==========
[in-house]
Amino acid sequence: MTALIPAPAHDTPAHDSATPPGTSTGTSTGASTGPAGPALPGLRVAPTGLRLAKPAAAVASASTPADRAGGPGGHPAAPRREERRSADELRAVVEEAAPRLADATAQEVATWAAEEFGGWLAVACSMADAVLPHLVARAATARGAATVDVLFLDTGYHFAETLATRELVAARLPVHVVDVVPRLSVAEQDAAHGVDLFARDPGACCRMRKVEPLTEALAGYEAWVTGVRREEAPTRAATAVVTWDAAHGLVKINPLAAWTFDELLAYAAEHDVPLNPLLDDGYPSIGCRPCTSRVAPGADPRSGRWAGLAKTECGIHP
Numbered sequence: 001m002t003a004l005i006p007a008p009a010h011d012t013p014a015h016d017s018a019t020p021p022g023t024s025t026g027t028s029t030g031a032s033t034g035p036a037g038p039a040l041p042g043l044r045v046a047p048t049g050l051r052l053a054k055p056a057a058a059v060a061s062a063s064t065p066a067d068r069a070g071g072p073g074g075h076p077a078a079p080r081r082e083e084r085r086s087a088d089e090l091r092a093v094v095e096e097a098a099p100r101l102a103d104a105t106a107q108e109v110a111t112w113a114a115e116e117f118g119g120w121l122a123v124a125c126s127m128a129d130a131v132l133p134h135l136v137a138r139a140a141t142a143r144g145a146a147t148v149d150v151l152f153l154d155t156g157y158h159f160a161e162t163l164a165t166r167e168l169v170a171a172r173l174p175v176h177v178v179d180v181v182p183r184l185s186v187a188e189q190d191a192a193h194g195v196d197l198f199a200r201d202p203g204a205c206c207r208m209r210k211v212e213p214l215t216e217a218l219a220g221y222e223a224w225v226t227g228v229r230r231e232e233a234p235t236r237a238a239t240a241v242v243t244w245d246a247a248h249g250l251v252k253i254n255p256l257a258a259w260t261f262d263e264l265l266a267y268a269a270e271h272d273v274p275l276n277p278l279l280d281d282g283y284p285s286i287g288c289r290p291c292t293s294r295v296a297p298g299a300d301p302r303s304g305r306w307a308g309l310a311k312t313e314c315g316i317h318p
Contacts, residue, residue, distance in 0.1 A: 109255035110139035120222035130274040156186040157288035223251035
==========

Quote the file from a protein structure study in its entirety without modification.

[in-house]
Amino acid sequence: MTALIPAPAHDTPAHDSATPPGTSTGTSTGASTGPAGPALPGLRVAPTGLRLAKPAAAVASASTPADRAGGPGGHPAAPRREERRSADELRAVVEEAAPRLADATAQEVATWAAEEFGGWLAVACSMADAVLPHLVARAATARGAATVDVLFLDTGYHFAETLATRELVAARLPVHVVDVVPRLSVAEQDAAHGVDLFARDPGACCRMRKVEPLTEALAGYEAWVTGVRREEAPTRAATAVVTWDAAHGLVKINPLAAWTFDELLAYAAEHDVPLNPLLDDGYPSIGCRPCTSRVAPGADPRSGRWAGLAKTECGIHP
Numbered sequence: 001m002t003a004l005i006p007a008p009a010h011d012t013p014a015h016d017s018a019t020p021p022g023t024s025t026g027t028s029t030g031a032s033t034g035p036a037g038p039a040l041p042g043l044r045v046a047p048t049g050l051r052l053a054k055p056a057a058a059v060a061s062a063s064t065p066a067d068r069a070g071g072p073g074g075h076p077a078a079p080r081r082e083e084r085r086s087a088d089e090l091r092a093v094v095e096e097a098a099p100r101l102a103d104a105t106a107q108e109v110a111t112w113a114a115e116e117f118g119g120w121l122a123v124a125c126s127m128a129d130a131v132l133p134h135l136v137a138r139a140a141t142a143r144g145a146a147t148v149d150v151l152f153l154d155t156g157y158h159f160a161e162t163l164a165t166r167e168l169v170a171a172r173l174p175v176h177v178v179d180v181v182p183r184l185s186v187a188e189q190d191a192a193h194g195v196d197l198f199a200r201d202p203g204a205c206c207r208m209r210k211v212e213p214l215t216e217a218l219a220g221y222e223a224w225v226t227g228v229r230r231e232e233a234p235t236r237a238a239t240a241v242v243t244w245d246a247a248h249g250l251v252k253i254n255p256l257a258a259w260t261f262d263e264l265l266a267y268a269a270e271h272d273v274p275l276n277p278l279l280d281d282g283y284p285s286i287g288c289r290p291c292t293s294r295v296a297p298g299a300d301p302r303s304g305r306w307a308g309l310a311k312t313e314c315g316i317h318p
Contacts, residue, residue, distance in 0.1 A: 109255035110139035120222035130274040156186040157288035223251035